Efforts to Redraw Michigan District Maps for More Black Representation Takes on Legal Fight

Citizens in Michigan voted in 2018 to end gerrymandering, a referendum led by the group Voter, Not Politicians. In previous years, gerrymandering allowed politicians to draw up maps to manipulate or cast favor to one political party or for election results they wanted. In 2022, the Michigan Independent Citizens Redistricting Commission, a bipartisan group, took on the role of drawing up new statewide boundaries.

 

According to the State of Michigan’s website, the commission’s mission was to “assure Michigan’s Congressional, State Senate and State House district lines are drawn fairly in a citizen lead, transparent process, meeting Constitutional mandates.”

 

The criteria for reaching a fair and equitable standard called on the commission to access equal population, adhere to the Voting Rights Act, community interest, and partisan fairness.

 

Several of the community meetings at the time called for changes to the process and slicing up of districts, which some felt deluded the Black and Detroit vote and congressional representation across the state.

 

“We find that these measures are being designed to keep us out of bound”, said Rev. Wendell Anthony, President of the Detroit Branch NAACP, in 2022. “We find that these maps being formed are designed not to include us but to exclude us. These packs which were designed by racking, stacking, packing, are designed to keep us out”.

 

Now, the approved Michigan district map is being challenged with a lawsuit in federal court.

 

Plaintiffs in the case argue that the drawn maps weaken the voting power of Black constituents in Metro Detroit. The lawsuit also alleges the drawn district maps violate the 14th Amendment, which allows for equal protection under the law. The suit claims the new Michigan maps violate the Voting Rights Act of 1965 as well.

 

“I’m hoping that right thinking people will join in the effort to correct these maps,” said Shanelle Jackson, former State Representative. “We need to make sure that the vote and the voice of African Americans across the state of Michigan is not diluted and is ultimately valued the same as everyone else’s voice and vote.”

 

Black Leadership Matters has joined the fight on this issue, aligning with a bipartisan effort to challenge the current district maps. Specifically, the maps the commission adopted altered districts around Detroit where nearly 80% of the city’s residents are Black and extended lines to include suburban voters. The old maps had some districts at over 90% Black voter majorities, and now the area’s districts have been reduced to 35 to 55% Black majorities.

 

“Are we saying now that racial quotas are okay?” said Sherry Gay-Dagnogo, also a former Michigan State Representative. “Are we now somehow saying because the Democrats have a majority that Black people and their desire select their own candidate must take a back seat? Are we saying it’s now okay not to have one majority Black seat in the Senate?”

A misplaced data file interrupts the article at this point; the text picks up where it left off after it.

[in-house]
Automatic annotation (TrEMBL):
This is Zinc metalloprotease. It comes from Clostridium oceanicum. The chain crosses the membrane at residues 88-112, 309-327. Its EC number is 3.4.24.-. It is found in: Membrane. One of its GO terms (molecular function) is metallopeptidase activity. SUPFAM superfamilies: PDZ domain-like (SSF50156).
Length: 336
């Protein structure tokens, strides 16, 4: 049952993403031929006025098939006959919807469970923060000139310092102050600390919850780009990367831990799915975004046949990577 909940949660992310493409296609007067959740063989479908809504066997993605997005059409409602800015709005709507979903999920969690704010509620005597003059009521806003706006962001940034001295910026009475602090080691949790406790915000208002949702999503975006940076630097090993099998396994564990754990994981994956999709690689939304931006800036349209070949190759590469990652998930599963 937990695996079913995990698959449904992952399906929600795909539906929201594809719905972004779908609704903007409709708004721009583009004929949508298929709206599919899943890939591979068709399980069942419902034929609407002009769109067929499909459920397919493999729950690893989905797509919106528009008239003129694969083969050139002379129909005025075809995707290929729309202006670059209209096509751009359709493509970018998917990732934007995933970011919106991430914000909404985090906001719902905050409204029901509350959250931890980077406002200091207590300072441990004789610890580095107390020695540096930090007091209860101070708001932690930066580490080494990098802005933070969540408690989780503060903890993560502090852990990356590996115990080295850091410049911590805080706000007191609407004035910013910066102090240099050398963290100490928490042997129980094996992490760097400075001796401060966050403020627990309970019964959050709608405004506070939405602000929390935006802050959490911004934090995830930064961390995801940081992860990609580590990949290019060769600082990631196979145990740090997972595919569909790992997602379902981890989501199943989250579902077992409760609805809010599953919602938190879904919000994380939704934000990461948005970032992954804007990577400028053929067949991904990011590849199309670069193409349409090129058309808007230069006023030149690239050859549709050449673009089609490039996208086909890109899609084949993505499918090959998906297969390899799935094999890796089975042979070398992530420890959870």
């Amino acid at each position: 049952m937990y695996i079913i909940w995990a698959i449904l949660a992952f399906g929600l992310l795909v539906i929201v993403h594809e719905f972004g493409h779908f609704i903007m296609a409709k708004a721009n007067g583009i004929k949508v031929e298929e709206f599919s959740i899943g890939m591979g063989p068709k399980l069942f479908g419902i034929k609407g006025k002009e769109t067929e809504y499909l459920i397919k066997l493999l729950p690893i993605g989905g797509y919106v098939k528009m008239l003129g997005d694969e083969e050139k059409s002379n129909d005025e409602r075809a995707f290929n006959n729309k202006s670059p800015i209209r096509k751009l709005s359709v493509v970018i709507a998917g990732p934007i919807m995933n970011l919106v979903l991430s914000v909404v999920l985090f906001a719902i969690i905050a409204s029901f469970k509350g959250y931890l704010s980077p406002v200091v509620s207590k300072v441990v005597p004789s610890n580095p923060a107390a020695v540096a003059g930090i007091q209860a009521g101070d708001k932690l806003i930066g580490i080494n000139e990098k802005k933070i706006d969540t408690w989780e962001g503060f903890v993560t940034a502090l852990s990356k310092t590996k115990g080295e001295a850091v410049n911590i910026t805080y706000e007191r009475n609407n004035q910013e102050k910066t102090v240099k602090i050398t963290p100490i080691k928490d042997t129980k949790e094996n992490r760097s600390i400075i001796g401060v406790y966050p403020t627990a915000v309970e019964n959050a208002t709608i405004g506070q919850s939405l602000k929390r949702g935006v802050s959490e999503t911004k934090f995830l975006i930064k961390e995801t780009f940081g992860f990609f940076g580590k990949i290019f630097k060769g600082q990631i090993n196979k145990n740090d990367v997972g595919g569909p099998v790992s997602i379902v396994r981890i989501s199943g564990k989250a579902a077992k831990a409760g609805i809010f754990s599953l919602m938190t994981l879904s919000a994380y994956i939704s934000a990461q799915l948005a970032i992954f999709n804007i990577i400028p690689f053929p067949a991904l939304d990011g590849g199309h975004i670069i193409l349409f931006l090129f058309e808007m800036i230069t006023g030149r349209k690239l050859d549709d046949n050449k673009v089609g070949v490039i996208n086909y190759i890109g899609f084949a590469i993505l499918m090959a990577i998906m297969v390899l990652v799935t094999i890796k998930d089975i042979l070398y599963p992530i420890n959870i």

“These are some things we need to do some self-inventory as Black people. Not Black people that have been paid off by the party to be quiet, but those who understand the history for years to come and what the impact will be on our children.”

 

The fight to secure the Black vote and its representation in Michigan mirrors the legal fight settled by the Supreme Court in late September. The high court struck down Alabama’s attempt to avoid creating a second Black majority district to acknowledge the state’s 27% Black population.

 

The Supreme Court’s rejection of Alabama’s bid the second time around mirrors the high court’s decision in June, which agreed with a lower court’s ruling to redraw its congressional maps to reflect another majority Black district in the state.

 

“We want maps that honor the Voting Rights Acts,” Jackson says. “We want that makes sure that every person who votes, that their votes are counted correctly and that their voices are heard through their vote.”

 

The Supreme Court decision in Alabama could come with ramifications for redistricting efforts on a national level as some states contend with the public and political pressures of drawing up maps that are inclusive and representative of all communities while not violating laws that dilute the votes and voice of Black constituents.

 

As of now, there’s no date for when this trial is scheduled to begin, but the fate of the local democracy could be altered if the power of the Black vote is changed in the wake of the proposed redistricting.

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